What is it?
Spondylolisthesis refers to the displacement of one vertebra relative to the vertebrae next to it and is unique to bipedal human beings! It affects a very small percentage of the population: between 2% and 6% and has very little correlation with the presence of low back pain. That is – spondylolisthesis is commonly a benign condition.
Most people who develop a spondylolisthesis do so in adolescence prior to and during their adolescent growth spurt. There is usually very little progression of the spondylolisthesis after this point in time.
What should I do if I know I have Spondylolisthesis?
Most people won’t even be aware that they have a low grade spondylolisthesis, but if you do have one, the best thing to do is to get advice from your general practitioner or a physiotherapist. Most people with spondylolisthesis can exercise as they like and be involved in any type of physical activity they are interested in without problem. However, there is limited (and not very well designed) evidence that suggests that activities involving a lot of repetitive extension and rotation may increase your risk of developing low back pain. These types of activities include gymnastics, dance, cricket fast bowling, tennis serving and some power lifting/weight lifting manoeuvres.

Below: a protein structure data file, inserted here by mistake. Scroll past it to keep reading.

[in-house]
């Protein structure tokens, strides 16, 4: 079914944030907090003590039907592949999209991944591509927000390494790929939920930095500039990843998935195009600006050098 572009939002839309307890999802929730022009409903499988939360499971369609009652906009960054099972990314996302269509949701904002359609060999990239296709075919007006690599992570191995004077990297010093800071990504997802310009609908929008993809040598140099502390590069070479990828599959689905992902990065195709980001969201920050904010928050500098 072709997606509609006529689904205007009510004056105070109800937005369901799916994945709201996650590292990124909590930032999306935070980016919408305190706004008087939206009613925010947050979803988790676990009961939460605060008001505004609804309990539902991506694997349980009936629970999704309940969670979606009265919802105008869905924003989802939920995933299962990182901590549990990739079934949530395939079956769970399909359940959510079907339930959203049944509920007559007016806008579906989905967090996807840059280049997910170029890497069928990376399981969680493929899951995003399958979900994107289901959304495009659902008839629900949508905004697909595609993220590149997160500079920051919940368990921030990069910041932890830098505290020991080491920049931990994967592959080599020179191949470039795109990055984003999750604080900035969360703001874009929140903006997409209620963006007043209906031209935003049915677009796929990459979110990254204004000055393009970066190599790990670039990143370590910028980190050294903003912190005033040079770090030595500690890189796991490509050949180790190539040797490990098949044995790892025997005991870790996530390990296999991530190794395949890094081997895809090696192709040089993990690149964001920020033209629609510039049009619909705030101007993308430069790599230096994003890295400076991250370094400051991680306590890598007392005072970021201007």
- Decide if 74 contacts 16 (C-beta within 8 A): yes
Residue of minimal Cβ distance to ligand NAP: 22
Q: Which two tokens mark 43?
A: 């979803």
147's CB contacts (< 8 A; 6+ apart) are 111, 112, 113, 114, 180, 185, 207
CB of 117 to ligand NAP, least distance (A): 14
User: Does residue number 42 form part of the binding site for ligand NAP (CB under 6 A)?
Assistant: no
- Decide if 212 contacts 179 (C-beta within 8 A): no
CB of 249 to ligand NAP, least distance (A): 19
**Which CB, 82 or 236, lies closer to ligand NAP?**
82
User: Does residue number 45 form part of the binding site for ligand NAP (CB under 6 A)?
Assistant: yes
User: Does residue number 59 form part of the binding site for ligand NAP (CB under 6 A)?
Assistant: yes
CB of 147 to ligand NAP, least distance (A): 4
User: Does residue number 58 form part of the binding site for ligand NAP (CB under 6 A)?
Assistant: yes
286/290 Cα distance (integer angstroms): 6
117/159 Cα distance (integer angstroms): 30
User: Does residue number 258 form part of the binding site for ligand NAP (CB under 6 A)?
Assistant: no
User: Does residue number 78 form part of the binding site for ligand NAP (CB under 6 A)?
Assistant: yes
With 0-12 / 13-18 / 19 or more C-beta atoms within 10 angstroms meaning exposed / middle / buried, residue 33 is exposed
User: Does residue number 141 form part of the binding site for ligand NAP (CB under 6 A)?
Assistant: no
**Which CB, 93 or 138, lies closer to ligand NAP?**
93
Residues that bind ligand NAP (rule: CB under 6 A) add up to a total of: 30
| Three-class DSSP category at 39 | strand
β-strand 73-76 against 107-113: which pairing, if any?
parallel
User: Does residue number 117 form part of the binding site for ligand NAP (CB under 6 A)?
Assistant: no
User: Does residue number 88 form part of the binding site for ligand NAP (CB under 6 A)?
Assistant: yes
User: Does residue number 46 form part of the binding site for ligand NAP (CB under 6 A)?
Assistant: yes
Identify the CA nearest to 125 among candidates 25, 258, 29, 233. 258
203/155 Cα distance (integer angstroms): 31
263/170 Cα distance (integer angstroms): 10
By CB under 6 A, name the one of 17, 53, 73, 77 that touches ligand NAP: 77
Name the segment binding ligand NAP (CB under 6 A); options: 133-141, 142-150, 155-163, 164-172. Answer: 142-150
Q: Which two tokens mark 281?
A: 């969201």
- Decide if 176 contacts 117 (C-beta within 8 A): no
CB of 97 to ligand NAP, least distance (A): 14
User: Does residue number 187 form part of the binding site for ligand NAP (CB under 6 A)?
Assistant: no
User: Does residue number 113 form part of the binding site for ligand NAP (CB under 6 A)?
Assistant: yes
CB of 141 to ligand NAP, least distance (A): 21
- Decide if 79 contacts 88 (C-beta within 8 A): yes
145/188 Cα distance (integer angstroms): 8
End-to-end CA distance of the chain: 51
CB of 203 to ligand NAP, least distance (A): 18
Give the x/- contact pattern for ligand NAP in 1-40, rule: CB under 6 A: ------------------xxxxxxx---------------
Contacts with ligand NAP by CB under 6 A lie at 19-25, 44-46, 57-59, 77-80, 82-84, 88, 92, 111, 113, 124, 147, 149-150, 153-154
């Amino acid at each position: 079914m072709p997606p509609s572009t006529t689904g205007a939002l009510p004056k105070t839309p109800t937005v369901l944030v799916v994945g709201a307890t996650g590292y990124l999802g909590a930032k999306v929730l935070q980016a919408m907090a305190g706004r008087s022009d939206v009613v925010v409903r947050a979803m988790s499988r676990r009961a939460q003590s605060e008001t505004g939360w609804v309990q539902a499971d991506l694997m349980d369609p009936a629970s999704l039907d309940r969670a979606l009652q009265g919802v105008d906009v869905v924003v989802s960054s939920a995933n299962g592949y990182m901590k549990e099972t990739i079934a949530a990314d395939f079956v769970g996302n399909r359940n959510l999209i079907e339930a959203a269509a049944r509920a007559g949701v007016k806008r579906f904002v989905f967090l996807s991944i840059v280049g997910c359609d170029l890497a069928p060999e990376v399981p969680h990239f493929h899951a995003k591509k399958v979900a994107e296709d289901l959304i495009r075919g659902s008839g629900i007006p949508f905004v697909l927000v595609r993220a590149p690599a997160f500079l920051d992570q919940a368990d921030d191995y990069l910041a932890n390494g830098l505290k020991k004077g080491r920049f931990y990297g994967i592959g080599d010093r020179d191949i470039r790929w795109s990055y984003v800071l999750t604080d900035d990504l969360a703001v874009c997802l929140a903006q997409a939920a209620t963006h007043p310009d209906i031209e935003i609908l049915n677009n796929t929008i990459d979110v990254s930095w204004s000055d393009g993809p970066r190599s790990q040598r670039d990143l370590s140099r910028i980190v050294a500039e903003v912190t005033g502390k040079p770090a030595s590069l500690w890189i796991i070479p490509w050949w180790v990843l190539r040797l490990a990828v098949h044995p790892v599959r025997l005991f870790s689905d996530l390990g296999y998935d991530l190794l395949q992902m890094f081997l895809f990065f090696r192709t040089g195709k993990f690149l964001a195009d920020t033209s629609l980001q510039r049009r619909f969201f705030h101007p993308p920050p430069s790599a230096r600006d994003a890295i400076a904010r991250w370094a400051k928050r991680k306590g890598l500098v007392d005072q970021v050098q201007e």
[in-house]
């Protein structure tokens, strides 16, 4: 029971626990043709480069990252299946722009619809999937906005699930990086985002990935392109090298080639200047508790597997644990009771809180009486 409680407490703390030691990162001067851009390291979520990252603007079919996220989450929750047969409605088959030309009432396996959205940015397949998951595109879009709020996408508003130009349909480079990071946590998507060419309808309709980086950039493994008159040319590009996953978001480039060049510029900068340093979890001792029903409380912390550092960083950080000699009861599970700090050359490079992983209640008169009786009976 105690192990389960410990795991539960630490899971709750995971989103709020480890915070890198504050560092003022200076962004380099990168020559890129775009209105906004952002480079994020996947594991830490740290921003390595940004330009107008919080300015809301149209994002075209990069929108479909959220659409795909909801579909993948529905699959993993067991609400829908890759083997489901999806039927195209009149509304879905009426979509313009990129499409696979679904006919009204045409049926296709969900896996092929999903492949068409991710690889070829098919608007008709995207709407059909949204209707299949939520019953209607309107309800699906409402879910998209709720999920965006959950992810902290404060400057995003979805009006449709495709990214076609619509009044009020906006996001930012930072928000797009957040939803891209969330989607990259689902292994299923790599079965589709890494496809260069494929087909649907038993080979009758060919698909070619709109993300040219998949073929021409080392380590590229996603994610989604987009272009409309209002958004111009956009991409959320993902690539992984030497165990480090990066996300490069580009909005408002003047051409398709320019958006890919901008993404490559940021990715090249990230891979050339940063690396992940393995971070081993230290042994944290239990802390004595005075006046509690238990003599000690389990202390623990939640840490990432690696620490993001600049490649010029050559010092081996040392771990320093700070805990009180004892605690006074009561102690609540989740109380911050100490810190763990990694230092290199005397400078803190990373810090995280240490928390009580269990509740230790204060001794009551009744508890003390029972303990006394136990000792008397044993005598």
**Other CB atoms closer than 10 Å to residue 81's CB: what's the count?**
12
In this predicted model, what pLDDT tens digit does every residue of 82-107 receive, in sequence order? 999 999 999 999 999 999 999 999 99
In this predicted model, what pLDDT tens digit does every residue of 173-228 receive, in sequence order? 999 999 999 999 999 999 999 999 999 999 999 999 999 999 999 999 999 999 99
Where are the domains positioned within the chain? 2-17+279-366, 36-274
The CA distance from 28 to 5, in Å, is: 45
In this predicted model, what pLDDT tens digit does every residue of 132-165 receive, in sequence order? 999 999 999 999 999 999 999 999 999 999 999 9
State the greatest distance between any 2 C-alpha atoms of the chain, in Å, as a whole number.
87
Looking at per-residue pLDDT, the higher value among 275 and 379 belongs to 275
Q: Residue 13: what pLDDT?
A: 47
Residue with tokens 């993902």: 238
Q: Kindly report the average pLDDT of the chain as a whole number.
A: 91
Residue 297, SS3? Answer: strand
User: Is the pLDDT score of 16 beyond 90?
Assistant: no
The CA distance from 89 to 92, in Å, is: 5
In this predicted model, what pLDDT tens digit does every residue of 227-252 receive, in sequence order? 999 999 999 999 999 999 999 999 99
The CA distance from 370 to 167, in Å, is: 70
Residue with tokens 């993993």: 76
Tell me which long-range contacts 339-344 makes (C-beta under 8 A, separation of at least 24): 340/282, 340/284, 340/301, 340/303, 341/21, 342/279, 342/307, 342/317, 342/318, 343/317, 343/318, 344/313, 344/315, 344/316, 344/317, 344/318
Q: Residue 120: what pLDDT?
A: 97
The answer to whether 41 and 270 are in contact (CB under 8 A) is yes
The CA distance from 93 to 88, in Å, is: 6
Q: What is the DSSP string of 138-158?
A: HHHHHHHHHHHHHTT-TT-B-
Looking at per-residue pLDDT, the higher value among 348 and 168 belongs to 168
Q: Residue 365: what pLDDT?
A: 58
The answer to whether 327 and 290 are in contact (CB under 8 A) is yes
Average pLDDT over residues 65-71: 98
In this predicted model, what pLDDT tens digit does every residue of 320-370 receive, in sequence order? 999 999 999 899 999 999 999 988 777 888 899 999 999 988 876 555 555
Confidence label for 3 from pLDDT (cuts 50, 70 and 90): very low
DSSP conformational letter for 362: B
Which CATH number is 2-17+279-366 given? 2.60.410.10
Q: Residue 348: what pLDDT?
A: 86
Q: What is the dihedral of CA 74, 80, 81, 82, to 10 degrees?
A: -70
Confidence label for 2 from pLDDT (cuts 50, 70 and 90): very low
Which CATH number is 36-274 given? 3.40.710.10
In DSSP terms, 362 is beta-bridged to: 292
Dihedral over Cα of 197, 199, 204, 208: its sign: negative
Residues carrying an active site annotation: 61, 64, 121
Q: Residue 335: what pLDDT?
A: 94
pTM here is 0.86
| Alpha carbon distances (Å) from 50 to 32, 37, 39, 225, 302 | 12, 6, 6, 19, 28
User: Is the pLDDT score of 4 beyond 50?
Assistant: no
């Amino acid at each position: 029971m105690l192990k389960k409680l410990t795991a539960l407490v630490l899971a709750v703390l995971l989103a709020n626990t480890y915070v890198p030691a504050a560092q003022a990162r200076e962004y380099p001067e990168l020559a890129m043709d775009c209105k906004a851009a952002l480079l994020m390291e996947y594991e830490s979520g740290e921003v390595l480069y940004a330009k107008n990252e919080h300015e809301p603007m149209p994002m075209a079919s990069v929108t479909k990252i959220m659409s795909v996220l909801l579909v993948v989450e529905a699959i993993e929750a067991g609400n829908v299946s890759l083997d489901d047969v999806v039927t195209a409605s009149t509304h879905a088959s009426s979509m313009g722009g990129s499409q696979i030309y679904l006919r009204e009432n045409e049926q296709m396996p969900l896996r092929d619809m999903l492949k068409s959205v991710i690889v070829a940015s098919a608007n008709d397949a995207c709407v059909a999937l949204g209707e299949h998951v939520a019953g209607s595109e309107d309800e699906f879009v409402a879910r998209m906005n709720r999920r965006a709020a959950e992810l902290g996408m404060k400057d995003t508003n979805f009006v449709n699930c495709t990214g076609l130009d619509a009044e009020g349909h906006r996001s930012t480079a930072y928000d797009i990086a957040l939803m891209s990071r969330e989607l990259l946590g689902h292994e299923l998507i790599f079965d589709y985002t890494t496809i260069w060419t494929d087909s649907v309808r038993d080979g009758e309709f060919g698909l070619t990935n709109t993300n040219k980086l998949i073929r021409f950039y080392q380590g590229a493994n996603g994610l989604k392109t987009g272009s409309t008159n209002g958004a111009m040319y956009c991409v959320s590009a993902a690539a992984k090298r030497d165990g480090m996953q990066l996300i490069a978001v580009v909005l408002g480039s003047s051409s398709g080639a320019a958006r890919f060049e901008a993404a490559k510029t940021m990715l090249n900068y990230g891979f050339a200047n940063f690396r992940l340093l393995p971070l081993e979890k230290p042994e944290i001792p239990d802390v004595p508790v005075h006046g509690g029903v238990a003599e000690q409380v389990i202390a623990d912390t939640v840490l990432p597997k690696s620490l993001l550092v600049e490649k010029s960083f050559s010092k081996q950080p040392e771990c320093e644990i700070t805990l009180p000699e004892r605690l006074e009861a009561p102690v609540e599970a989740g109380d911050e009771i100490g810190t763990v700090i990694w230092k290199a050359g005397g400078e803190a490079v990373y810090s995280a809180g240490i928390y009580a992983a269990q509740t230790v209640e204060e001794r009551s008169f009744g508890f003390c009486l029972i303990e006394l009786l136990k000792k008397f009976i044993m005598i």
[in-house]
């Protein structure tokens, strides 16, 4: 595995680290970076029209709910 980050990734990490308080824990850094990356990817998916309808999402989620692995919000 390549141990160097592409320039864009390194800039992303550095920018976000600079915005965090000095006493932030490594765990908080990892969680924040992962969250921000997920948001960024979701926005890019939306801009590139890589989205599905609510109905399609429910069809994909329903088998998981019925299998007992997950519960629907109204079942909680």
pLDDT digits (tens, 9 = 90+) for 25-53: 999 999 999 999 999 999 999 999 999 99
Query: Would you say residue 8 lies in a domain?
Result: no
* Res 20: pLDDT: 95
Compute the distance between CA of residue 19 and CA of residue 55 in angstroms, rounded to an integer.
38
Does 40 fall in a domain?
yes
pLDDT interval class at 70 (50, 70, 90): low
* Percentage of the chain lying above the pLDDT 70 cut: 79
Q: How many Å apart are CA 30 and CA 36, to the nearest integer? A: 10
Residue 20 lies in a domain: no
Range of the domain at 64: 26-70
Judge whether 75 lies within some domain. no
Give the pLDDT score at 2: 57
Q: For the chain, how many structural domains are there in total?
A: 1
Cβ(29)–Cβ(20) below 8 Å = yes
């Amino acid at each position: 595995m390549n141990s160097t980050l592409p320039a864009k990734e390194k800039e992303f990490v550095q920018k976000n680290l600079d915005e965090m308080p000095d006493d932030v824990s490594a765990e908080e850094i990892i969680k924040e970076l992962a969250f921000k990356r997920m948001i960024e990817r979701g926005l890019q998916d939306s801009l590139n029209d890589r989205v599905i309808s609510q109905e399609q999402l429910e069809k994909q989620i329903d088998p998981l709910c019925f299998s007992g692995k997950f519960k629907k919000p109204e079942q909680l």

Come back next week for our second post: I have back pain AND Spondylolisthesis…